This is not about dyeing yarn, so if you’ve come here for knitting content, you might wanna skip over this entry and come back tomorrow.
A few days ago I stumbled upon this website: Henna for Hair. Be forewarned: if you have any interest in stuff like this, you’ll spend hours there.
I really like the idea of using something other than chemicals for dyeing my hair, so I did my research and ordered up some body art quality henna and some indigo. Henna will dye your hair red, but if you add indigo to the mix, you can achieve brown. Less indigo and you get reddish highlights, more indigo and you get brown. There’s other stuff you can add to make a cool rather than a warm brown.
Well, if you are interested, check out the website above, and you can read all about it.
I mixed 100 grams of my henna with lemon juice to make a thick paste — it needs the acidity to activate the dye release. I threw in some ginger to make it smell better. Henna naturally smells like hay, which isn’t too bad, but not one of my favorite scents. After letting it sit long enough to release the dye, I mixed 25 grams of the indigo with enough water to make a thick paste and mixed it in with the henna paste.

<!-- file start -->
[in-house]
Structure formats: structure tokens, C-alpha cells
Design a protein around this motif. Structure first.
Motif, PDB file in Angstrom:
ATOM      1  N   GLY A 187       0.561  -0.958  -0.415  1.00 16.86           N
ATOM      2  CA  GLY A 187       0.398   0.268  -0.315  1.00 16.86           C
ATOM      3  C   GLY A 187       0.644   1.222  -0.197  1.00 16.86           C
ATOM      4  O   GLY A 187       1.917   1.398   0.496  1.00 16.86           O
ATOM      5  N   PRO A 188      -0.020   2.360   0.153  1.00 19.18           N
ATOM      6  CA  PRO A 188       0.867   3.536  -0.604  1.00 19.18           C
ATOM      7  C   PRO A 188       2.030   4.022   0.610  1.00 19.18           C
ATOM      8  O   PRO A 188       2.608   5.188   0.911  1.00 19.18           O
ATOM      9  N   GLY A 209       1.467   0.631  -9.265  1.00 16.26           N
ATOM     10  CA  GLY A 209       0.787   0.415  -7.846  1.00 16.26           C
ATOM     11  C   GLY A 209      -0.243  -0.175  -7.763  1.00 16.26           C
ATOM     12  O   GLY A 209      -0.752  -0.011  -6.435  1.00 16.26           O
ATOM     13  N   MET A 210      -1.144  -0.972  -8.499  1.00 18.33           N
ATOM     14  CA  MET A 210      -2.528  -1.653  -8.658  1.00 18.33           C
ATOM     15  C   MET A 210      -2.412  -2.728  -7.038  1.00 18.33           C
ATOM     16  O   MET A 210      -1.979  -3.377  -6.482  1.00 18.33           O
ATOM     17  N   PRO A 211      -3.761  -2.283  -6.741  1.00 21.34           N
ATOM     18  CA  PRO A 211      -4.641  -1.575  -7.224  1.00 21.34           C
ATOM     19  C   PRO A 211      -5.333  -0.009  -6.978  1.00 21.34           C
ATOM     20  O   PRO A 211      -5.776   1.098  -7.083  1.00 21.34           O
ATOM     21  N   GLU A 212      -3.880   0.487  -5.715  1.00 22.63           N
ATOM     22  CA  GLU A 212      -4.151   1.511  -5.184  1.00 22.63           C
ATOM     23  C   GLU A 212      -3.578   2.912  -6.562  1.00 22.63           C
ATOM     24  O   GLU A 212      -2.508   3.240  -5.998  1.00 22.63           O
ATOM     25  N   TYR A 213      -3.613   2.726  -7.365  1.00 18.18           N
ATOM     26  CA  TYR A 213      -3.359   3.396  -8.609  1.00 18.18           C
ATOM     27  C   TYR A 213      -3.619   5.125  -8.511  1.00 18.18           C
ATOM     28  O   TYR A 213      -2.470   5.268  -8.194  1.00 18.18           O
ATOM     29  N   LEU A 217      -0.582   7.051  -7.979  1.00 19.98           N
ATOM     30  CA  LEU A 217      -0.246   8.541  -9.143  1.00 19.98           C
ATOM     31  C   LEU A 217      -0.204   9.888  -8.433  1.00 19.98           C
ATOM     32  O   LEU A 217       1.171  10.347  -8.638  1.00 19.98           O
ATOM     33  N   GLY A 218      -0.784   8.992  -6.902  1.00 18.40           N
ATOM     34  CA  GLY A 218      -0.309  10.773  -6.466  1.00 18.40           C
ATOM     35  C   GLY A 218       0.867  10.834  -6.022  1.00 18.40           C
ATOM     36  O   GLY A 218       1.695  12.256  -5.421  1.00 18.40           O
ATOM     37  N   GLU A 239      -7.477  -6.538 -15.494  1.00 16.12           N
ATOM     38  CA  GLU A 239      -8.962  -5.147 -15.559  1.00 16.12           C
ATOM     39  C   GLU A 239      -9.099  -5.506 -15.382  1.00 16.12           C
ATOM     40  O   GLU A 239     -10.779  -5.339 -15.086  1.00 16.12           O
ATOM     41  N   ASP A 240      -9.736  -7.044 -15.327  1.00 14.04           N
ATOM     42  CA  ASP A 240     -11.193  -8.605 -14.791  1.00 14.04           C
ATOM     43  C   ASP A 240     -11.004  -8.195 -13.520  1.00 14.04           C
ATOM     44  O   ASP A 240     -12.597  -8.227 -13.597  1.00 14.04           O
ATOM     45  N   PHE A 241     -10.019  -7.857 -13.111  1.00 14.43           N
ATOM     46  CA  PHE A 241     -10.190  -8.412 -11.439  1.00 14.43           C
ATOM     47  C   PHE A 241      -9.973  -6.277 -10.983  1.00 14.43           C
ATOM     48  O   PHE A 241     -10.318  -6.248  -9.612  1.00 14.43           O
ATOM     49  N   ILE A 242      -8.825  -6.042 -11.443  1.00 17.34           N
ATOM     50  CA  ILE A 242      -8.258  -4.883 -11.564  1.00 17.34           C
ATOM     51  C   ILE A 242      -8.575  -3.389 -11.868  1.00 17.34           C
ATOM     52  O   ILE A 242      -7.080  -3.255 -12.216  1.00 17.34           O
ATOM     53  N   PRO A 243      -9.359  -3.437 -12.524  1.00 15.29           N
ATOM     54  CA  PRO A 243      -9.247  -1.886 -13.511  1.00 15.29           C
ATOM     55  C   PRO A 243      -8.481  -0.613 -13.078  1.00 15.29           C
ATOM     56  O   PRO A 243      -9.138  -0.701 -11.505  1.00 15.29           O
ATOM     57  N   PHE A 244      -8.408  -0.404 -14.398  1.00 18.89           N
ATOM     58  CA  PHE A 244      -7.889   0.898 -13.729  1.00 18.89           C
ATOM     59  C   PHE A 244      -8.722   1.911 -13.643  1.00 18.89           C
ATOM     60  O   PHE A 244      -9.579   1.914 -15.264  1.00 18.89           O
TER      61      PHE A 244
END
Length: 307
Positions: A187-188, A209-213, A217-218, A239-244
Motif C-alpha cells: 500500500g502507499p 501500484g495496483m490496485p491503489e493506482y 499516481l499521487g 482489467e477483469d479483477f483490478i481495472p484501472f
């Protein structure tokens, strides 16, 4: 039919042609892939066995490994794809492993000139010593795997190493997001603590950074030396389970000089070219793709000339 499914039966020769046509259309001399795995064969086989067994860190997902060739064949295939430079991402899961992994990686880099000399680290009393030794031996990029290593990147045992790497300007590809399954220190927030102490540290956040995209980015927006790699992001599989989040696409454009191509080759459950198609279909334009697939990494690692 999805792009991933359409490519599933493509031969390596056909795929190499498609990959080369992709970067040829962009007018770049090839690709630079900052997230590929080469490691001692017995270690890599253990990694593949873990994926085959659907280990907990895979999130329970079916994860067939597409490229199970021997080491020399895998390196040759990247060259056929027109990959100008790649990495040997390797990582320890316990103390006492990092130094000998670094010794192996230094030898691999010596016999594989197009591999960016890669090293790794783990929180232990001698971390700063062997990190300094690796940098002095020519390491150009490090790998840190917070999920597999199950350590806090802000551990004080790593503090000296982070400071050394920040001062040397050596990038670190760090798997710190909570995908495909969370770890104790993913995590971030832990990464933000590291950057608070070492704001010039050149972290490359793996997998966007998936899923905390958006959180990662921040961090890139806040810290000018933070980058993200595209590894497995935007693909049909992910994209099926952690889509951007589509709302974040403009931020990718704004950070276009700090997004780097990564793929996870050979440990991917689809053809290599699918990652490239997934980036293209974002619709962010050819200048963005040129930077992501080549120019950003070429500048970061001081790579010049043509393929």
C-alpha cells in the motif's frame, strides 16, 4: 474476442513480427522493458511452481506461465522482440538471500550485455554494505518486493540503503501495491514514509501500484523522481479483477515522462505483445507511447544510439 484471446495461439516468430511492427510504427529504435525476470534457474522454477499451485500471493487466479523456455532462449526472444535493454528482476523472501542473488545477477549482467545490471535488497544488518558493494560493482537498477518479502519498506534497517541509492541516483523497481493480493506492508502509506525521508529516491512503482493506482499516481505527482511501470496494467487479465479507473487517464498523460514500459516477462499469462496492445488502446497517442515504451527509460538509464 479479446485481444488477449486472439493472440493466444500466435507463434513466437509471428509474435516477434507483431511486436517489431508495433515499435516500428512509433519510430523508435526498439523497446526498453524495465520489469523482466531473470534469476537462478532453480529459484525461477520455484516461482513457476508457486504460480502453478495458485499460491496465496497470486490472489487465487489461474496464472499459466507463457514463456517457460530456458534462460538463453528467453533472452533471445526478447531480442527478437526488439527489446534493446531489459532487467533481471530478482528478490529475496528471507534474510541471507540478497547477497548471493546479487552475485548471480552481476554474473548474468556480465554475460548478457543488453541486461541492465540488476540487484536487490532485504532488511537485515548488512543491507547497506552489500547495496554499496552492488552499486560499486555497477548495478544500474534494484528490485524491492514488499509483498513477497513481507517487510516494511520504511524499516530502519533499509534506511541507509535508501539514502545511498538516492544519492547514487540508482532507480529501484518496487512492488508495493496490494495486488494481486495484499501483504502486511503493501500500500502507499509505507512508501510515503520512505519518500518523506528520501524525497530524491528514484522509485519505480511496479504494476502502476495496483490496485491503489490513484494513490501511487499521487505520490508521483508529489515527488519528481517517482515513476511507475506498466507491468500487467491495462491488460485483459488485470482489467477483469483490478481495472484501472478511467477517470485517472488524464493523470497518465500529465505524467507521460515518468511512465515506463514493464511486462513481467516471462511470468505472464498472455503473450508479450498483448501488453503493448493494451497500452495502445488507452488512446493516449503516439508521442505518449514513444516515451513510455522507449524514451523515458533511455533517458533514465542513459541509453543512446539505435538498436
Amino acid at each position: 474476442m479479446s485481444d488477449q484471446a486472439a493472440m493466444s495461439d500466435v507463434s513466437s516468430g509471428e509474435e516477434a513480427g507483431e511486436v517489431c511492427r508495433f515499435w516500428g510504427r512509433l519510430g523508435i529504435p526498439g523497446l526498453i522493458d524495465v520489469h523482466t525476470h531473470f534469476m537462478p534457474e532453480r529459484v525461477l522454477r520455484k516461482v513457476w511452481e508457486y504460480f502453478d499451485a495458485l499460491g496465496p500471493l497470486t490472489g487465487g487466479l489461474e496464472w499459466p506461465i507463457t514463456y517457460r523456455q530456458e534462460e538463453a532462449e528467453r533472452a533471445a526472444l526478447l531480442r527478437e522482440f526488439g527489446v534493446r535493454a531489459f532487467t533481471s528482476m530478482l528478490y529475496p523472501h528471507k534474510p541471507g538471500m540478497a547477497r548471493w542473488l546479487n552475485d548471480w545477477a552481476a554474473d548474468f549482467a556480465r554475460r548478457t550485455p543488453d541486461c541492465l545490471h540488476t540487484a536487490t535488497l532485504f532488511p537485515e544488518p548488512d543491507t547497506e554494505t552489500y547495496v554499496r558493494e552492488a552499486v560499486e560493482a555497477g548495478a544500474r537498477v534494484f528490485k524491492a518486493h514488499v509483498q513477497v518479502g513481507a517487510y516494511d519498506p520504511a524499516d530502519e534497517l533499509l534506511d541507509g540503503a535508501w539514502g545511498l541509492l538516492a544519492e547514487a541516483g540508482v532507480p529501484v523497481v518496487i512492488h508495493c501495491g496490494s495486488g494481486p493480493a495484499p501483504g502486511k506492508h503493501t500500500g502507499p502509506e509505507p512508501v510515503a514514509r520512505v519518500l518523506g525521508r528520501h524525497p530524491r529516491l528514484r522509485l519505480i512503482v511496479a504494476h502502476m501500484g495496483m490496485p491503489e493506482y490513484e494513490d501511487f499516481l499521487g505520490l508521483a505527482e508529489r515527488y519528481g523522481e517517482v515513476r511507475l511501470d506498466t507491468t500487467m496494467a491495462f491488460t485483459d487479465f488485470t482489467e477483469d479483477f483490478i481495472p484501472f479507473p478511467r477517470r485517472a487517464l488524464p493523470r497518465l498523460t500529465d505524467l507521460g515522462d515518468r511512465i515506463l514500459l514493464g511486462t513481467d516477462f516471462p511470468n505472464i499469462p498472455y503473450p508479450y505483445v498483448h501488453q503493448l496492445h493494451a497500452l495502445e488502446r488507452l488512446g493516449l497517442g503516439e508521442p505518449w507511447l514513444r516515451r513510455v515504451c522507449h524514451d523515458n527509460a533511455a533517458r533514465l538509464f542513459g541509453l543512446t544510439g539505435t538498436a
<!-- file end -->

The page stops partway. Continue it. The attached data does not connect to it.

Then comes the fun part — applying it to the hair. This is a very messy process, so I put newspapers down in the bathroom (Lucy really enjoyed this part) and donned rubber gloves. I slathered it on my hair and covered every single hair from root to tip. After smooshing it all in thoroughly, I wrapped my head in plastic to keep the moisture in and waited.
How long to leave it on? the instructions tell you to leave it on from 1 to 5 hours, so I split the difference and left it on for 2.5 hours. You want to leave it on long enough for the dye to penetrate the hair well. Henna is pretty permanent because it is absorbed into the hair’s protein and really colors deeply. It’s also very good for your hair and strengthens it and gives it shine.
So after 2.5 hours, came the long and messy process of rinsing it out. I rinsed out as much as I could with water, and then slathered on a lot of conditioner and combed that through (no easy task) and then rinsed thoroughly.
I am very very pleased with the results.
Here is a “before” picture:
You can see the lovely mousy color with grey at the temples.
Here is an “after” picture:
And this is “after” in direct sunlight:
According to what I’ve read, it will darken/deepen a bit over the next couple of days. I got great grey coverage and the color on the roots blends nicely with the rest of my hair.
Once she discovered that there was to be no game with newspapers, Lucy lost interest.